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Packet Labs Update: PacketBots!

One of the fun things we have going on in our Labs is our PacketBot project. A PacketBot is basically a Raspberry Pi configured with some network monitoring scripts which send us network performance data. We ship the 'bots around to various home and work locations to get an idea what the Packet network looks like at various locations and service providers. We then push all this network performance data to a centralized OpenTSDB data store and visualize it with Grafana, a graphing frontend for time series data stores.


We have some other big plans for our beloved PacketBots: they'll make regular appearances in our client portal, be able to alert you when something is wrong, and maybe even help with some two-factor authentication to keep things nice and secure.

But for now, sending us all this delicious network performance data is job #1.

Currently, the PacketBots are all safely housed with Packet staff and friends, so they are pretty secure. But long term, we’ll also be letting clients and other folks adopt them and take them home, which means we’ll need a secure way to remotely troubleshoot and maintain them. We also want to be able to push changes to our scripts and add functionality as we need to, so we did a little technology round-up to see what the best fit for managing our Bots was.

We deploy all of the Packet software on CoreOS and Docker, so are familiar with that, but unfortunately the CoreOS support for the Raspberry Pi platform is just not ready for prime time yet, so this was more or less off the table. We did tinker around with using Docker on Raspbian, the Debian port to the Raspberry Pi platform, but ran into enough “weird problems” that we decided that was not a great option either - especially since we’d still need to manage the base Rasbian operating system anyway.

We are also very familiar with Puppet, which we use to manage hundreds of servers and infrastructure devices; so we decided to investigate that, Chef (which we also have some experience with), and Salt (which we didn’t).

One of the things about Raspberry Pi, is that when you are used to working with high performance server hardware, you realize how sloooooooow the Pi's are. That ARM processor does a valiant job, but it is pretty easy to max the little guy out. We want our Bots to be happy, healthy and well rested, so after looking into Salt and seeing its more lightweight approach to distributed configuration management, as well as the ability to natively execute commands (similar to DSH or Mcollective), we decided to give it a shot.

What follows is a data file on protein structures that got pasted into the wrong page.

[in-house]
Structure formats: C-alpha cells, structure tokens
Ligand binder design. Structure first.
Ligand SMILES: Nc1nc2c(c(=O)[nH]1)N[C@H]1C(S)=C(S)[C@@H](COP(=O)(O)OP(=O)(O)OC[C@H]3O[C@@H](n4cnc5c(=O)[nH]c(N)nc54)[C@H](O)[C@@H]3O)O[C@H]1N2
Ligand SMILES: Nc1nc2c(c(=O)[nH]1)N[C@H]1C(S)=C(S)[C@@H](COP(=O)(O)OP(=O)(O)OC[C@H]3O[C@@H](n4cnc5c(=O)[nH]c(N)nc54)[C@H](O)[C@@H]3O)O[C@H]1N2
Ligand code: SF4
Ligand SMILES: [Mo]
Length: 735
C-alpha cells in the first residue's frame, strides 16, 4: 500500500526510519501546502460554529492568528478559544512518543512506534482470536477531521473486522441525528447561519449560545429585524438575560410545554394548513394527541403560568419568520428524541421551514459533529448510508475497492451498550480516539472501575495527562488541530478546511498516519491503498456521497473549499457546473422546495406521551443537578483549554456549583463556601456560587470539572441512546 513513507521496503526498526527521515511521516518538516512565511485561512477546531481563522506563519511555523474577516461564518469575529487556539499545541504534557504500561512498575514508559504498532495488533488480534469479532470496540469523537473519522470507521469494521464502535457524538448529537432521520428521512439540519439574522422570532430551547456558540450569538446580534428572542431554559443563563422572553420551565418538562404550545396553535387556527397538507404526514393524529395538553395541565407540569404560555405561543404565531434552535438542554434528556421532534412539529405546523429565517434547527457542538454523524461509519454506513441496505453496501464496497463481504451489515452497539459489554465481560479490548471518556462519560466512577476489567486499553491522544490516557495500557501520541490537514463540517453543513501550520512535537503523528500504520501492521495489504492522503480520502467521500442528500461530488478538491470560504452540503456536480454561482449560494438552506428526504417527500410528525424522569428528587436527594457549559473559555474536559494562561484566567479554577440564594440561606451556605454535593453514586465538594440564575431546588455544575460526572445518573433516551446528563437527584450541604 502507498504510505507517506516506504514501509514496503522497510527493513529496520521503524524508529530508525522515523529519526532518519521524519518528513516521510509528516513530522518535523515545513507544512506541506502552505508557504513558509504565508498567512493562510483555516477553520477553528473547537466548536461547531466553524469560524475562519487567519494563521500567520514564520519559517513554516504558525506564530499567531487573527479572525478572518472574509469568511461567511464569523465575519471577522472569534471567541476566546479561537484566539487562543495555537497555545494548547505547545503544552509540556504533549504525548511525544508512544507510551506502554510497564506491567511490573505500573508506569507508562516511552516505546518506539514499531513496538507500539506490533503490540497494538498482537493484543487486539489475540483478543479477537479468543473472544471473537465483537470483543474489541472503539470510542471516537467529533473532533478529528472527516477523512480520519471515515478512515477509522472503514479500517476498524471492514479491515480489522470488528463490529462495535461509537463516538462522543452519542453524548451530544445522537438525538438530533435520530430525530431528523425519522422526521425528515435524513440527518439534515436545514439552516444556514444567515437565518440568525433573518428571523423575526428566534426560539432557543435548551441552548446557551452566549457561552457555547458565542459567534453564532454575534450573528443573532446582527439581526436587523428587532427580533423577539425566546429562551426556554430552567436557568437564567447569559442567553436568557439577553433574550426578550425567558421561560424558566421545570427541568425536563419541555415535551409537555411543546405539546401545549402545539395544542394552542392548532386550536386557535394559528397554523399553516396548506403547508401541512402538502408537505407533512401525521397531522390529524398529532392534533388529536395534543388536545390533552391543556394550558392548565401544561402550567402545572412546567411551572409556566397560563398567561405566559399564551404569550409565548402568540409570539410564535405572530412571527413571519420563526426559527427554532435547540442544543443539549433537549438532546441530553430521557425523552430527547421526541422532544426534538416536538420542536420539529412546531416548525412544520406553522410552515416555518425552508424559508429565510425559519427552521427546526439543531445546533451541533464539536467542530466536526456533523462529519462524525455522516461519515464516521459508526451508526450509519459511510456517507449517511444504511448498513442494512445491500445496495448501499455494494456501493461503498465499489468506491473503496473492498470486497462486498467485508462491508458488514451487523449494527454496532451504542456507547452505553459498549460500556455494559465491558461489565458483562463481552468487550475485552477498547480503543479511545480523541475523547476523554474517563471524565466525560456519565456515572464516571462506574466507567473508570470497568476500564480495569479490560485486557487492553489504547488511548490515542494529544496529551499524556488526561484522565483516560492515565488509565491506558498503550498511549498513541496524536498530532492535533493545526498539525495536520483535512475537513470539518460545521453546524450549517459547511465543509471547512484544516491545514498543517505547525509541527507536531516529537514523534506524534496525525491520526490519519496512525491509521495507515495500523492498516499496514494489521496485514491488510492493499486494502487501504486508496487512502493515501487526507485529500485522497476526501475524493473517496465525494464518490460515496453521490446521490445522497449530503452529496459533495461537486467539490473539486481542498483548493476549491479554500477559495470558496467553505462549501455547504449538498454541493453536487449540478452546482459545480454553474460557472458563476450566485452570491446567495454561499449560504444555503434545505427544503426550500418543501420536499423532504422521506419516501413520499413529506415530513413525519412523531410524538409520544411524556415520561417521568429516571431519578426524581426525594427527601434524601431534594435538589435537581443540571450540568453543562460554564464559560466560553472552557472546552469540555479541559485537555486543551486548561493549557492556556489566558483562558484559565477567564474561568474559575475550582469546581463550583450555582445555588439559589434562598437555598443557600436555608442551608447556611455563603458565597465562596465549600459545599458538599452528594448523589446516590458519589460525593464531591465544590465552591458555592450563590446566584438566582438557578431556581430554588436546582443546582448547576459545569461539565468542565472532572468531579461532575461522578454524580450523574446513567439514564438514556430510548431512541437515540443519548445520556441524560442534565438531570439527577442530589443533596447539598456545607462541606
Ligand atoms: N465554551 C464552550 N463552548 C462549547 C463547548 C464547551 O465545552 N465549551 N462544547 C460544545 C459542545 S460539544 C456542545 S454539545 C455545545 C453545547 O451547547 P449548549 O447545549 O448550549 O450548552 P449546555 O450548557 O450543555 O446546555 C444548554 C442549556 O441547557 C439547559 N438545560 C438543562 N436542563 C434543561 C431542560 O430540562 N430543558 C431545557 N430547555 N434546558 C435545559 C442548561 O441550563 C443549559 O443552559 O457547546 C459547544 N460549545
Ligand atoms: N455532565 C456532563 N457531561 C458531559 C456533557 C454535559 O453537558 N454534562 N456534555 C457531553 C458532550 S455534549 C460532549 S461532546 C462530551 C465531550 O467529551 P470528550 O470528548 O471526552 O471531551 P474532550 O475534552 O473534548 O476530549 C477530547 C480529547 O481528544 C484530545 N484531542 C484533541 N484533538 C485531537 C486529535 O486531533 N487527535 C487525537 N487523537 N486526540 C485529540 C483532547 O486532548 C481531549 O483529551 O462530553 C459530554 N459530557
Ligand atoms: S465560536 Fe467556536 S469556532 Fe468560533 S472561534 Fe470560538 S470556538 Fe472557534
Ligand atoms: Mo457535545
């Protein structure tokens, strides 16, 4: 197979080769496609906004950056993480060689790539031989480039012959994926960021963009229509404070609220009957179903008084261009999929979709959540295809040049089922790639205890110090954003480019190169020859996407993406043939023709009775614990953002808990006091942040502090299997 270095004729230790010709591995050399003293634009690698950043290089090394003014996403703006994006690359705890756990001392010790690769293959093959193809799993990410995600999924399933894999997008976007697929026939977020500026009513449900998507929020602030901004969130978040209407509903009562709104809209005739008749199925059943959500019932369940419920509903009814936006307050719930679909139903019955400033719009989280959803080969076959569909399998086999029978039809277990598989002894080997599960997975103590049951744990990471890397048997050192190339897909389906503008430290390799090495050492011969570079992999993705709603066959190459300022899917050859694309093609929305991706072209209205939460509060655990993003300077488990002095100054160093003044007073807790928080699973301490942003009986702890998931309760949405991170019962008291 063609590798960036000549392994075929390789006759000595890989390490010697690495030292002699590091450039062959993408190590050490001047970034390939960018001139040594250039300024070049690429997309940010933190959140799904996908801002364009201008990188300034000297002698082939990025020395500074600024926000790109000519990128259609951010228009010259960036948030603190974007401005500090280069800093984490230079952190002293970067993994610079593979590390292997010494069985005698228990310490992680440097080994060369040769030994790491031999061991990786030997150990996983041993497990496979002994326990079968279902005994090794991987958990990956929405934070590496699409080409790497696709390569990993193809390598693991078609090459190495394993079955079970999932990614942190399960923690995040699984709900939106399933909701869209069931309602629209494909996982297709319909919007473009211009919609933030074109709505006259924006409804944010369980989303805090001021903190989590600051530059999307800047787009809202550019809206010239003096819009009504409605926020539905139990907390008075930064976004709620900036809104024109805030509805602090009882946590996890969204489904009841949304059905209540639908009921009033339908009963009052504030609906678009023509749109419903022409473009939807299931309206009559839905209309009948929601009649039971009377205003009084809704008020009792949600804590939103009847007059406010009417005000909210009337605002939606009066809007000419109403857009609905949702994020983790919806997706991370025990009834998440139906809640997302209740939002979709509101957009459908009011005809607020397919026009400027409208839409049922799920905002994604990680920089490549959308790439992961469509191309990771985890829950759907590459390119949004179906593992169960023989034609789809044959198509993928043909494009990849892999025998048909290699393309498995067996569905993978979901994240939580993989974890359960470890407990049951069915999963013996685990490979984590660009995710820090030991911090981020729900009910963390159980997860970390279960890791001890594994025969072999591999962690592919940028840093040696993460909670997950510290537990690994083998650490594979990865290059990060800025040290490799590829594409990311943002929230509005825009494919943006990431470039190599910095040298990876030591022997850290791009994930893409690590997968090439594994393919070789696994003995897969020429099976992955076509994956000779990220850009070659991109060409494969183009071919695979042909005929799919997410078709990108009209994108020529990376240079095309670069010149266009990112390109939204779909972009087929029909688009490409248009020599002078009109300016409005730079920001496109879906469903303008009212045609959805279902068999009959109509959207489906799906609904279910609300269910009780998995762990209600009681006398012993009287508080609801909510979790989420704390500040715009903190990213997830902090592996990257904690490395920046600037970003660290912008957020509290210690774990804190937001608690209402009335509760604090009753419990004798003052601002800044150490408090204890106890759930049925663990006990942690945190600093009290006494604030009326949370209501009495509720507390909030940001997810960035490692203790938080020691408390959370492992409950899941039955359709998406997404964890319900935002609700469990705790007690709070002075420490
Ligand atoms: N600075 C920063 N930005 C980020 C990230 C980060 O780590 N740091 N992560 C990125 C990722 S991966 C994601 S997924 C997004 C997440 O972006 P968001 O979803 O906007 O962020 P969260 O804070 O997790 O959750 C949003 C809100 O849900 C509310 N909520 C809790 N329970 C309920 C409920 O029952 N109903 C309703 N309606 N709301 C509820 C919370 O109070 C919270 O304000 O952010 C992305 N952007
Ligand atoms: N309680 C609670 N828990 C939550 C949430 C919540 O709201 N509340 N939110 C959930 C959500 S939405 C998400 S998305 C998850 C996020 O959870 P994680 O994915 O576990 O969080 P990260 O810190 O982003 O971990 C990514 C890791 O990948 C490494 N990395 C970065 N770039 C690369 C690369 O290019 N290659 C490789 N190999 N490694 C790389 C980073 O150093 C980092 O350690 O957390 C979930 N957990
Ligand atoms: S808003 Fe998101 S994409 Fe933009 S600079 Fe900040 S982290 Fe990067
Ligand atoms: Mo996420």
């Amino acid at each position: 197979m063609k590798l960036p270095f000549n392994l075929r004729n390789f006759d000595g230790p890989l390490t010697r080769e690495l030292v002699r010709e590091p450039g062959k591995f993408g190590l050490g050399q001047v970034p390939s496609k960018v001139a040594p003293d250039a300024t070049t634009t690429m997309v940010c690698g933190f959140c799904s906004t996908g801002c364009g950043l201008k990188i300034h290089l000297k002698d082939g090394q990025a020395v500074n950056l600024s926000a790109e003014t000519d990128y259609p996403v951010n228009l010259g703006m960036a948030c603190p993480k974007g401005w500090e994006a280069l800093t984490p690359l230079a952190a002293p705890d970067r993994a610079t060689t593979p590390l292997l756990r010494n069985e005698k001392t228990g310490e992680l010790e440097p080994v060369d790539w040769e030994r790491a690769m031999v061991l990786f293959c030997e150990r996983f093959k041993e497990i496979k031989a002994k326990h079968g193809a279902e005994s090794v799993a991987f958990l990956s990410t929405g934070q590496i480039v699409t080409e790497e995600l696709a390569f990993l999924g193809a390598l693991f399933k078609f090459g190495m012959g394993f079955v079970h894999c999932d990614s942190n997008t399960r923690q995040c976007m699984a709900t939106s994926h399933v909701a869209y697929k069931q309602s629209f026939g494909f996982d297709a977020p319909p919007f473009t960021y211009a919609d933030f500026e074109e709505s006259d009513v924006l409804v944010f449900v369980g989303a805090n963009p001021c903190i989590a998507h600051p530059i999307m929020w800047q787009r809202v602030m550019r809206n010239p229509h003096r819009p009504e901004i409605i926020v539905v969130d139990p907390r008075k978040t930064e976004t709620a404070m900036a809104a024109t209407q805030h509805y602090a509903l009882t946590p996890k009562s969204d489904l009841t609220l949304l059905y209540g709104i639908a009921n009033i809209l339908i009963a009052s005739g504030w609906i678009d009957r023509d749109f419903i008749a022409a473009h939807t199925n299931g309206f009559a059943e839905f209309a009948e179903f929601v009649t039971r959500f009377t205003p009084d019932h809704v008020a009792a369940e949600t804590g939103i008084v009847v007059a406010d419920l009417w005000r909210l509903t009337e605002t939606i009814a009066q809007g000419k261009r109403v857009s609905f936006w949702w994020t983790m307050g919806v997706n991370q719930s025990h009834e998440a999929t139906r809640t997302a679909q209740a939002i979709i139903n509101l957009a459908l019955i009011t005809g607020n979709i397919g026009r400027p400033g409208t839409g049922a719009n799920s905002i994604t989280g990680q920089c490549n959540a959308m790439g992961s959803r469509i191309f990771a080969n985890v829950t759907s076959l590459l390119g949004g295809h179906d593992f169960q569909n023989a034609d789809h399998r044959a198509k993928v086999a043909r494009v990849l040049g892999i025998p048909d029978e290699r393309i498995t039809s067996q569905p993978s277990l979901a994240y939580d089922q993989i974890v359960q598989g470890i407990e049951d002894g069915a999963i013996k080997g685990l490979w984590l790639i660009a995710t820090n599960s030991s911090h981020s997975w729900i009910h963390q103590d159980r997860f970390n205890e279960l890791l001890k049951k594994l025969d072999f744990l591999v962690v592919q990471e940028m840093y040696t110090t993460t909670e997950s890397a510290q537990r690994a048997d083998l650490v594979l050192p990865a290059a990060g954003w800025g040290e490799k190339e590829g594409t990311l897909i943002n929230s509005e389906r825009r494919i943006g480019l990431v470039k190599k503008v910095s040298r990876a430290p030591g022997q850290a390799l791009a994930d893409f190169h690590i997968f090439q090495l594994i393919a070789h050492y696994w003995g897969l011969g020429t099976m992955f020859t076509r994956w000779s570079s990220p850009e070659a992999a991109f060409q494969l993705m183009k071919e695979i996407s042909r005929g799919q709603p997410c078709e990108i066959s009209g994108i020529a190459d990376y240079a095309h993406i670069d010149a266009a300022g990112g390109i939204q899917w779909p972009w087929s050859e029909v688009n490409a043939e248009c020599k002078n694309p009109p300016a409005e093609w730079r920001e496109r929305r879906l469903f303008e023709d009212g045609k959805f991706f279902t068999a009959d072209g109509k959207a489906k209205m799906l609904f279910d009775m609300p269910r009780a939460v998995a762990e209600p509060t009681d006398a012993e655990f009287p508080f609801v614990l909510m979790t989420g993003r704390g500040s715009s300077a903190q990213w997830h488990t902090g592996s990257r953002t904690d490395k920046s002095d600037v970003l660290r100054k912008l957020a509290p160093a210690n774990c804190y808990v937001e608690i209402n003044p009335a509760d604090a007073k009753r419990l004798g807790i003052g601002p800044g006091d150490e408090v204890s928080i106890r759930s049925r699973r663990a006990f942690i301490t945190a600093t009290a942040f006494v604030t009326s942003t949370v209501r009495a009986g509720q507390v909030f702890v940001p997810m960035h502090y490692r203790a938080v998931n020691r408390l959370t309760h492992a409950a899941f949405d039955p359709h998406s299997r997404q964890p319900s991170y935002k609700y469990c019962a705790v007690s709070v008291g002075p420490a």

Verdict: we love it!

For our simple PacketBot needs, Puppet or Chef would have been too much of a performance overhead and unnecessarily complex in configuration and setup. Both tools have their uses, but for this project, Salt really ended up fitting the bill.

So, how does it work?

First, we setup a “master” Salt server, which the Bots talk to over a vpn. Then, when we setup a new Bot, configure the Salt client on the Raspberry Pi so it knows where the master is, and when it runs for the first time, it checks into the master, and they exchange keys. The new Bot isn’t accepted by the Salt master initially and requires us to “accept” the new key first. Here you can see a listing of the salt keys on the master, as well as a test ping of one of the Bots.



From here on out we can now manage the Bot with Salt, including package management, service configuration, and remote command execution. We’ll do another post soon with a more in-depth review of how we are using Salt on the PacketBot network, so stay tuned.

We’re really excited about everything we have cooking over here, the PacketBots included. If you would like to adopt one for yourself, send us an email at for an application.

Photograph of two men having a conversion outside by a table of servers
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